There is a reason why central bankers never win popularity awards. The lack of intelligent and innovative thinking is appalling and downright embarrassing.
The pioneer of quantitative easing (QE) was the Bank of Japan. While they were not the first ones ever to do it, they certainly have been at it the longest with absolutely nothing to show for it except the utter ruin of their country's economic future.
The United States followed soon after. Not be outdone, they tried to create shortsighted policies and lead with misguided and flawed policies. Sometimes it is hard to believe that they do not understand the consequences of their actions. Unless they are outright lying to us, it is frightening to see how their rooms full of PhD's cannot see the train wreck they are creating.
Well if the U.S. has done their share of damage, why would the European Central Bank (ECB) want to be left out? After a serious bout of rational thinking, ECB President Mario Draghi finally was able to quiet his conscience and enter the dark world of QE. Rumor has it that he may be considering issuing a stimulus of 500 euros per person. This means he will mail a check to all Europeans who have a social security number. While it might not have a dramatic effect in France and Germany, in countries like Greece, Spain, Portugal and Cyprus, it will get him elected as president if he ever stood for elections.
Well, if all these "smart" central bankers are pooling ideas together, why would we not expect the new central bank with clout these days, the People's Bank of China, to stay far behind?
The central bank in China has reduced interest rates. Believing that this will stimulate growth in the economy, they are blindly following the worn-out strategy of stimulating demand. The reality of the fact that this strategy has almost never worked does not deter their demented thinking.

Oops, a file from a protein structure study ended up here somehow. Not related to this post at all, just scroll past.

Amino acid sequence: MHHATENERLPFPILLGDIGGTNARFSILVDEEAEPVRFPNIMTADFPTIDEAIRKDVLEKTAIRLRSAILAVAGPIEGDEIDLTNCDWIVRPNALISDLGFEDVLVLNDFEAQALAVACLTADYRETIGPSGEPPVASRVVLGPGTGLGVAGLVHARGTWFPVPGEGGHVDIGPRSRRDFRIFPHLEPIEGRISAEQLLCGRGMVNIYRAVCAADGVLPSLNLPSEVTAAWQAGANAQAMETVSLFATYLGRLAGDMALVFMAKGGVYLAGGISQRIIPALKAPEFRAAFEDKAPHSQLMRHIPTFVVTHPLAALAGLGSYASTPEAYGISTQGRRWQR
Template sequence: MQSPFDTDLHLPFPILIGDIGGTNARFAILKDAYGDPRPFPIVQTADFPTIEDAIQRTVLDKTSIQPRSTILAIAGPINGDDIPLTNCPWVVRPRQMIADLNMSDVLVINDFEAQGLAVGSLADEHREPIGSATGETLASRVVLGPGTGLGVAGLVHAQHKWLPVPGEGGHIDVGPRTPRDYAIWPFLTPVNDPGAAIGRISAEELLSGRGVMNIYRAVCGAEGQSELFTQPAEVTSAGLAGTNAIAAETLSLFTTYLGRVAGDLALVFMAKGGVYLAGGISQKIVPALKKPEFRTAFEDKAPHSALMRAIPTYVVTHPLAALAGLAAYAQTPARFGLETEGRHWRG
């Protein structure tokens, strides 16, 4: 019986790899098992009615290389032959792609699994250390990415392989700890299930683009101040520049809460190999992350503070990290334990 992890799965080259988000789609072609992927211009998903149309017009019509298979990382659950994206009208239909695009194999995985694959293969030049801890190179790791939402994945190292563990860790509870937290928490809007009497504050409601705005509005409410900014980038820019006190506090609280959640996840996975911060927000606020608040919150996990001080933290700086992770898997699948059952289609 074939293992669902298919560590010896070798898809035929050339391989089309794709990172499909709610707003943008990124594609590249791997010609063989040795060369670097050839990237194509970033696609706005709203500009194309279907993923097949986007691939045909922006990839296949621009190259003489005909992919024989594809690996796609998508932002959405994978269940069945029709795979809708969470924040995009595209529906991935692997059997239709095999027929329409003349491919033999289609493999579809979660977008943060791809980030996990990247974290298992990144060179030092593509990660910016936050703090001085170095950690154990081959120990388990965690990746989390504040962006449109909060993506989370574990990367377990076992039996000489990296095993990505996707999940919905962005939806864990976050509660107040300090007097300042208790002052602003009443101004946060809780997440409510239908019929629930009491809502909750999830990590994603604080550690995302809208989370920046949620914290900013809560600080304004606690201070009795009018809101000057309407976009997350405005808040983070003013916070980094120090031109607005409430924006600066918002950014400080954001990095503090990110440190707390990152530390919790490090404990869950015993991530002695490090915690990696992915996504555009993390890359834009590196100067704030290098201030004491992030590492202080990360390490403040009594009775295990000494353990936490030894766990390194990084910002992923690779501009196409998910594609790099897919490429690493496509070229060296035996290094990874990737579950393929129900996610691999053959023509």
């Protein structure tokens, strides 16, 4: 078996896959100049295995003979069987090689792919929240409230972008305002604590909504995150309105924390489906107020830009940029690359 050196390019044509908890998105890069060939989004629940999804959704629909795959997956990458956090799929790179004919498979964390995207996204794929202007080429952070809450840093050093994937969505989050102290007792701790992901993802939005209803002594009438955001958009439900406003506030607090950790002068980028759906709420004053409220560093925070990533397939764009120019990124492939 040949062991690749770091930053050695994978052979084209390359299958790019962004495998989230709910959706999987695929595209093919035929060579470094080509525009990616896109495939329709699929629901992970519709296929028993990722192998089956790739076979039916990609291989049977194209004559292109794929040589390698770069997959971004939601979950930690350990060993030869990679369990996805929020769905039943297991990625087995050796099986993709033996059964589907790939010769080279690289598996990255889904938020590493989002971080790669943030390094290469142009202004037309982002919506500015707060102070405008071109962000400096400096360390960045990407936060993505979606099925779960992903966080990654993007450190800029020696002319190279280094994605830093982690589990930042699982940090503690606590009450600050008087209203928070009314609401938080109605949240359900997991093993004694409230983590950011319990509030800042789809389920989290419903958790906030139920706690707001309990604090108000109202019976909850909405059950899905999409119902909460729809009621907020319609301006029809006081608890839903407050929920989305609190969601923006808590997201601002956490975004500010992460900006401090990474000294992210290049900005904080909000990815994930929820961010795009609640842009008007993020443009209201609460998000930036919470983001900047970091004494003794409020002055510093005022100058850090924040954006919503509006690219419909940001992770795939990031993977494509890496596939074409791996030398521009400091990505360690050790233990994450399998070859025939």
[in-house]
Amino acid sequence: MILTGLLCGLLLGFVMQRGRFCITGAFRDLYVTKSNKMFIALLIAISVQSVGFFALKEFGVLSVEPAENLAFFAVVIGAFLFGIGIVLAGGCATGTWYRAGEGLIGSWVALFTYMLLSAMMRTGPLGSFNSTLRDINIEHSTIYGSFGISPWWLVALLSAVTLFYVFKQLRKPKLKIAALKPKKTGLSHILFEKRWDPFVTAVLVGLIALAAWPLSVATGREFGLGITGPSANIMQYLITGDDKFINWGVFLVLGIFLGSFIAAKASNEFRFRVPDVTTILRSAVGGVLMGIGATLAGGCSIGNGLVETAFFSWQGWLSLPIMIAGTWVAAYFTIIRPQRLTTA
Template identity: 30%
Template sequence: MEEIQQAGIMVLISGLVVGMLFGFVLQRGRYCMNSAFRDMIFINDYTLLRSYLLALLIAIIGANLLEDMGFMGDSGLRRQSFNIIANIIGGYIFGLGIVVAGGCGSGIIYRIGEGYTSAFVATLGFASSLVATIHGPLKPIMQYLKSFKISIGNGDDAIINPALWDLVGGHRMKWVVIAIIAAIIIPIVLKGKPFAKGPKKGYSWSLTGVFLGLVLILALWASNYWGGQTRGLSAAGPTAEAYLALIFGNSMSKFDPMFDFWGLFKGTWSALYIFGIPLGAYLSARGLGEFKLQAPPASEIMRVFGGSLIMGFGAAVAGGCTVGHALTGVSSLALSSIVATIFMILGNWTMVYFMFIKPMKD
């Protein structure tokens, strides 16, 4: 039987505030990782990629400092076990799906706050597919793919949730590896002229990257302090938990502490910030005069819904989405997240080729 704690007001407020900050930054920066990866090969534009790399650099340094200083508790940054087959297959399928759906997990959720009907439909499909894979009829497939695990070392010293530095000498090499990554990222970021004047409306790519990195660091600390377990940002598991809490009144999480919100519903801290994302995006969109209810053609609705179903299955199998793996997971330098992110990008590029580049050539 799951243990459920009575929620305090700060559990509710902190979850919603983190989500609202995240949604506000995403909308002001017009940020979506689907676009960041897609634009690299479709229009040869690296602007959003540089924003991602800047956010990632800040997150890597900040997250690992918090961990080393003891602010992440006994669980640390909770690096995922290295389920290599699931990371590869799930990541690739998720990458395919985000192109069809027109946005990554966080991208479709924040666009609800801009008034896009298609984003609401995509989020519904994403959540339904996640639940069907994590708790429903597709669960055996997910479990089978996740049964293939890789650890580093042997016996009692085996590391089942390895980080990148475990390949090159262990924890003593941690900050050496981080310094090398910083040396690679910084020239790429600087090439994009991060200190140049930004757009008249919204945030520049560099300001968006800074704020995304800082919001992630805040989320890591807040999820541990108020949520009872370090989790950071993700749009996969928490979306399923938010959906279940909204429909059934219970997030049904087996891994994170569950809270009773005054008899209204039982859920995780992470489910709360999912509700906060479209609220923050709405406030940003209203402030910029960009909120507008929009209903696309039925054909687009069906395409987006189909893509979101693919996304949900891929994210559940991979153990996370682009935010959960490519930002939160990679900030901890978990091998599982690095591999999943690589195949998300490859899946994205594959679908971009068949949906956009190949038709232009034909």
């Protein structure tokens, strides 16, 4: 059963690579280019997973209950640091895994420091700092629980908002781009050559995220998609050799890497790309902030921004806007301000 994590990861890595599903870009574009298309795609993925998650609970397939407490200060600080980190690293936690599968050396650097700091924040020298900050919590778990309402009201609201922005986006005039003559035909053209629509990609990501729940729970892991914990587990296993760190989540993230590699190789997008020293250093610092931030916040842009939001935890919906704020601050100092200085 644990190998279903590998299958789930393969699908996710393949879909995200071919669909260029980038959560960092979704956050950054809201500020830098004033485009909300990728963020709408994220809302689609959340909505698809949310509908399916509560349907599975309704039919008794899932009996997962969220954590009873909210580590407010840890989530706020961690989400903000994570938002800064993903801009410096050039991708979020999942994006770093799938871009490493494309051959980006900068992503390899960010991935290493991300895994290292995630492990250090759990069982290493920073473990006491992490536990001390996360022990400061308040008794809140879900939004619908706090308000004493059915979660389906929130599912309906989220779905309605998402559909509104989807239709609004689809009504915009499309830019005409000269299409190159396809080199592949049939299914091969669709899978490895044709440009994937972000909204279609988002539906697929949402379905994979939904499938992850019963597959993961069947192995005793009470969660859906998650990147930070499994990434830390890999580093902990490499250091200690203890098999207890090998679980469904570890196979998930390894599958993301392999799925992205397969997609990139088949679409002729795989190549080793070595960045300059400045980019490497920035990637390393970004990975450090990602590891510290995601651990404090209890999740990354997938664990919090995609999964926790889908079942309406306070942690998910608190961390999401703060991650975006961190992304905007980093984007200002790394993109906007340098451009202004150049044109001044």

As a result of their misguided move, the Shanghai stock market has shot up by 32 percent in the past six week and by more than 15 percent in the last 12 trading sessions.
The People's Bank of China has also lowered the cash reserve that banks need to keep with them from the 20 percent requirement to 19.5 percent. This has released $81 billion of excess cash into the market to stoke inflation and further speculation.
When Chinese President Xi Jinping took over, he was faced with a nation that had gorged itself on credit. The Chinese debt is at about 250 percent of GDP, which is astronomical. Xi had promised to stamp out speculation by creating policies that would penalize them. After two years of 7 percent growth, his resolve has dissolved and he is now calling shots from the worn-out playbook of the other central banks. He is now promoting additional credit and easy money.
Despite the parabolic move, the price-earnings (PE) ratio of Chinese stocks is at 7, compared with a PE of 19 for the S&P 500. So while it might be risky, the fix is now in. The Chinese stock markets will rise for much more time to come. A smart investor will wait for a slight shaking out of the current run before diving in.
A word of caution to the investor: You need a stomach of cast iron to sustain the 5 to 10 percent stock declines as well as moon shots as you multiply your wealth taking advantage of the insane behavior of the Chinese central bank.
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